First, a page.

I am making an android app which will talk to a web service to get data. The web service has a rate limit of 100 calls per minute. Is there a way, recommended method to ensure that the app across various devices dont make the call to the server at the same time. Some way to stagger the requests across devices?

  • Is this 100/minute imposed by cost where the ISP will charge you for overage? You might want to look at a more flexible plan if you expect more or variable traffic as @JonathanEunice discusses below.
    – msw
    Commented Oct 8, 2014 at 23:54

4 Answers 4


Essentially you would need to proxy that web service with one of your own that does rate limiting. The devices wouldn't know anything about each other, and you can cache/re-implement the service if you need to scale further.


If your app is going to have a very small user base (say a corporate app, with less than a few hundred users), then you can make each client rate-limit itself to check the server less than once every N/100 seconds, where N = number of clients. Add in a little extra delay as a margin of safety, and perhaps randomize that margin a bit to lower the likelihood that clients happen to bunch up on any given instant.

But beware, this is a very low-end solution. It can work adequately for very small user bases, especially if they need very infrequent updates. This is essentially how the Twitter and Facebook feed plugins for WordPress blog sites work.

But if your app is at all popular, there is no way that 100 requests/minute will suffice. None whatsoever. In that case, @Sign's proxy service is the way to go. If the app is very successful, the proxy will even need to be a multi-machine cluster with load-balancing, caching, high-availability failover, and so on.

  • 2
    I was just about to type this out when I saw "new answer received" appear. :-) Another variant that is used for collision detection in networking is basically to make the endpoint have two behaviors. One is simply to provide the response as expected, and the other is to send back a message that basically says "I'm busy, try again in a random interval of time, not to exceed XXXXX milliseconds". When the client gets that second message, it waits a random amount of time less than it was told, and tries again. The responsiveness of the apps can be tuned by the endpoint's "XXXXX" figure.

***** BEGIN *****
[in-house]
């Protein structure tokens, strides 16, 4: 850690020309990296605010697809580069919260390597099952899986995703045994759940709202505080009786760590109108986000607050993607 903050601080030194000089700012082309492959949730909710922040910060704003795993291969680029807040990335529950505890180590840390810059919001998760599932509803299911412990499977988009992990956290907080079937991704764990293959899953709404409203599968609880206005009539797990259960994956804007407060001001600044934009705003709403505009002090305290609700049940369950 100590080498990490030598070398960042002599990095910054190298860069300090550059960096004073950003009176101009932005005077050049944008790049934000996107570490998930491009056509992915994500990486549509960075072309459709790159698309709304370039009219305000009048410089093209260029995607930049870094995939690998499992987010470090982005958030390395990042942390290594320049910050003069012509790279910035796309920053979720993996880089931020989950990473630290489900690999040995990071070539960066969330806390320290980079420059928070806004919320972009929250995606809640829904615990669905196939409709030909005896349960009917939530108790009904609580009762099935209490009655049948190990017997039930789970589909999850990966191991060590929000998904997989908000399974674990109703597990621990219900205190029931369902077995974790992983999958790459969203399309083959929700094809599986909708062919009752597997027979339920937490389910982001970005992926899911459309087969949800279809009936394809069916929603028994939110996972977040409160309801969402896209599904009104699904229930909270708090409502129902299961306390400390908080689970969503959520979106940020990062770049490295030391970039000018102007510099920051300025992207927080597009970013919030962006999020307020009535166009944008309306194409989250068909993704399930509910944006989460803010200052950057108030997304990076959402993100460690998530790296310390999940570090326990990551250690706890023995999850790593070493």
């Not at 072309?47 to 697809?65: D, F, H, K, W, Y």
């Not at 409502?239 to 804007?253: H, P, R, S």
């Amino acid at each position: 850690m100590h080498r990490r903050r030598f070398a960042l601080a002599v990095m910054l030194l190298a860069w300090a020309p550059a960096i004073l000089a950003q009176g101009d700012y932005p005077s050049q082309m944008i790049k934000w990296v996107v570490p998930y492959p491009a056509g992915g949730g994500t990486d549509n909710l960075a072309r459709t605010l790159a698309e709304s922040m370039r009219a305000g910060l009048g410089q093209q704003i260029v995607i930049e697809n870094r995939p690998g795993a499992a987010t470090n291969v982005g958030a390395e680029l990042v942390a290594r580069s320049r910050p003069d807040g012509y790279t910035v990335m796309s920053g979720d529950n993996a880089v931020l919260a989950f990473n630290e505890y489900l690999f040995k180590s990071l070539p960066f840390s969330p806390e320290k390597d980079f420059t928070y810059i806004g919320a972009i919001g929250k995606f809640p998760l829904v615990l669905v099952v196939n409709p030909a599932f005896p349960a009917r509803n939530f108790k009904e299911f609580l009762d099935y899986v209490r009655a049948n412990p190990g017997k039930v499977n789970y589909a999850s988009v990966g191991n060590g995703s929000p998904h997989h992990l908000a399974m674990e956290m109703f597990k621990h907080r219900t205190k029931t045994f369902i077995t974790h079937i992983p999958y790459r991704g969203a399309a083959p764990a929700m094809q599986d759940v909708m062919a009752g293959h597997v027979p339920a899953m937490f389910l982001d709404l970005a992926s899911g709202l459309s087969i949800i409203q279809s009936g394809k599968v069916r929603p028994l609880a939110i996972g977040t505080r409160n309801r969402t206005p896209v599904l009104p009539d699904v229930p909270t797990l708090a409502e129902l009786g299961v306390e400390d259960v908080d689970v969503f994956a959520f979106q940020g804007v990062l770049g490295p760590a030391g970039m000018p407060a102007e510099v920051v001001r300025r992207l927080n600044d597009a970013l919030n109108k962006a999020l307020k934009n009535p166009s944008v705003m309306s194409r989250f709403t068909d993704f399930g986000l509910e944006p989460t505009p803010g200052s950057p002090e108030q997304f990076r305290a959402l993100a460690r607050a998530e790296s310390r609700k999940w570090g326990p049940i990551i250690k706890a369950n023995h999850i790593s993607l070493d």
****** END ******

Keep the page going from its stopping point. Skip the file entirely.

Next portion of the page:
– Calphool
    Commented Oct 8, 2014 at 21:30
  • 3
    Exactly. Backoff and retry algorithms can get quite sophisticated. One important caution: Some rate-limiting services seem to consider requests, not successful requests. So failed requests count against the quota. If you get a convoy of many clients backing off and retrying, starvation can occur. In that case, better to err on the side of conservatism, and use large safety margins. Commented Oct 8, 2014 at 21:41

You are essentially trying to do collision detection the same way ethernet and other network protocols perform collision detection for network packets in a distributed setting. The problem is that you don't have the benefit of the protocol being aware of such scenarios if you're talking to a server that you don't control. The only real solution in that case is to proxy all requests through an intermediary that you do control and then make it aware of collisions. Instead of a wire like in the case of ethernet you essentially have 100 wires each of which can only have one request active. Here's an article that should be helpful: Carrier sense multiple access with collision detection.


you need to implement a queue, not collision detection, when packets collide they are resend after the verifications, you have limited resources, if your detecting collision and resending data all the time, you can have a lot of problems with your hosting.

A time oriented queue, using time as metric you can control how much requests per minute you are handling without resending data.

Just saying.

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